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Workshop Projects

Workbench Pages: 1 , 2 , 3

November 2012 update

With my recent shop renovations done, I thought I would make my work bench a little more inviting to use. For the majority of its lifespan, the bench has been used to store things on, and I have done much of my project assembly on my table saw. For good reason: the bench top was a dark colour that I really didn't like, whereas the table saw is a nice light colour. Things like that make a big difference, for me (and for this site - pictures do not look good against the dark top of the bench). Also, with my shop in such disarray most of the time, the only surface that remained reasonably free of "stuff" was my table saw.
So, the first step was to get rid of the dark colour. I stripped and sanded the top down to bare wood, then wiped on a coat of polyurethane. This was an improvement, but it revealed one of the reasons I used the darker stain in the first place - to hide the ugliness of the wood I used and the filler to close up places where there were chunks taken out of the wood:

Bench top stripped. Bench tail vise.

Hey, it's a work bench, right? Yes, but I knew if I didn't make it look a bit better, it would probably not get used and end up collecting junk again.
Before I had the quick release vise, having the tail vise open on the side was handy and practical. Now that I won't be clamping larger things in the tail vise, I'd like to add a piece of hardwood to the edge to give it some extra support.

Another slightly nagging thing is the two oversized recesses for the heads of the bolts that hold the vise to the table. It would be nice to fill these, without limiting the bolt movement:

Holes in top.


In the end, I decided to cover the top with new material. The soft wood field would be covered with clear, clean pine, cut and planed to 5/16" thick. The only way to keep the top flat is to use the same kind of wood, going in the same grain direction. So, where there is softwood, softwood will be used to cover it; where there is hardwood, hardwood will be used to cover that.
To start, I cut pine slats 3/4" x 2", then resawed these on my band saw:

Resawing pine. Strips for the top.

I made more than enough to cover the field.

To adhere this new layer, I used polyurethane construction adhesive:

Glue applied to top. Glue spread on top.

Spread out fairly thin with a putty knife. The advantages of this glue is very high strength, moisture resistance, no water content (water swells the wood, making it expand) and the rather attractive features of long open time and low temperature setting. The workshop is fairly cold at this time of the year, and this glue will set above 5 degrees (Celsius), as opposed to wood glue, which really should be used at room temperature.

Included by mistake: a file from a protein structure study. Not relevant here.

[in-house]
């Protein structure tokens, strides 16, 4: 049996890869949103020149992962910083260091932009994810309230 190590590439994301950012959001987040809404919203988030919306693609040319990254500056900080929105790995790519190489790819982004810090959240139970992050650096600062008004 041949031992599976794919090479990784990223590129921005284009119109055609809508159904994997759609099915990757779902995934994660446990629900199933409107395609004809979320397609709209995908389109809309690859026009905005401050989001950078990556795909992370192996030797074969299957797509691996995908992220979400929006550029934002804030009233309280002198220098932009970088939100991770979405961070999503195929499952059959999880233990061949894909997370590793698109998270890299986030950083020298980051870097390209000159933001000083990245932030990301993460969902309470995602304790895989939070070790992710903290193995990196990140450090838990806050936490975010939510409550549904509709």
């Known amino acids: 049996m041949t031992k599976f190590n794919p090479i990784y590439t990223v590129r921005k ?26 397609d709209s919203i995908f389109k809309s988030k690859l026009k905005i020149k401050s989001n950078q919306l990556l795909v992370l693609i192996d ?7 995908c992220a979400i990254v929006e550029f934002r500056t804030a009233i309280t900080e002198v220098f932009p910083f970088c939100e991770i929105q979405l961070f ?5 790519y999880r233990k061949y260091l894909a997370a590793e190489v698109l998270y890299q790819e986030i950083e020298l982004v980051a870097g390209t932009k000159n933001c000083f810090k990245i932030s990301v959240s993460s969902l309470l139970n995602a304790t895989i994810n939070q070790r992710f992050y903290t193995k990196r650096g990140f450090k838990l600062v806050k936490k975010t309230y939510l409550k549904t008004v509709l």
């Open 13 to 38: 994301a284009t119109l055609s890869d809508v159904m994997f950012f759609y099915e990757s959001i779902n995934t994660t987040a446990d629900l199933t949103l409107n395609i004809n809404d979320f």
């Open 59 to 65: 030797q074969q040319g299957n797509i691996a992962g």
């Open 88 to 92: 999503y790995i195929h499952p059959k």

Strips taped together.
I used packing tape to tape all of the strips together and in place on the table. This is where the long open time of the glue really comes in handy.


To even out the clamping pressure, I put pieces of cardboard on the strips:

Cardboard on strips. The strips are clamped down.

Then a piece of 3/4" plywood is clamped down over that.

Clamp caul.
Maple 2" x 4" is clamped across, with a 1/8" thick stick under the middle, to distribute the clamping force.


The next day, the glue was set and I could remove the clamps. Next step is to add the hardwood to the edges. I cut maple to the same thickness as the pine:

Maple for the edge. Glued and clamped.

This was trimmed and glued in place, along with a 1" wide piece at the dog holes side of the bench.

Once again, this was left to cure overnight. I had to measure the forward rake on the dog holes prior to cutting the filler strips:

The angle is measured.


I used my rugged protractor for this.

The pieces that fit between the dog holes are cut to length and glued in place:

Clamps a plenty
It takes a great many clamps to do this, and I'm very grateful for all of my homemade ones.


For the moving jaw on the vise, I decided to use a single piece of maple to cover it. I drilled a 3/4" hole for the square dog cutout. The rest will be removed by hand, after the part is glued on:

Maple for the tail vise. Strip is clamped.

The last 1" wide maple strip finishes the dog hole edge.

A piece of maple 1" thick is added to the edge:

Edge is clamped.


Glued and clamped in place. This gives me another 1" of width to the top, plus closes in and supports the tail vise.

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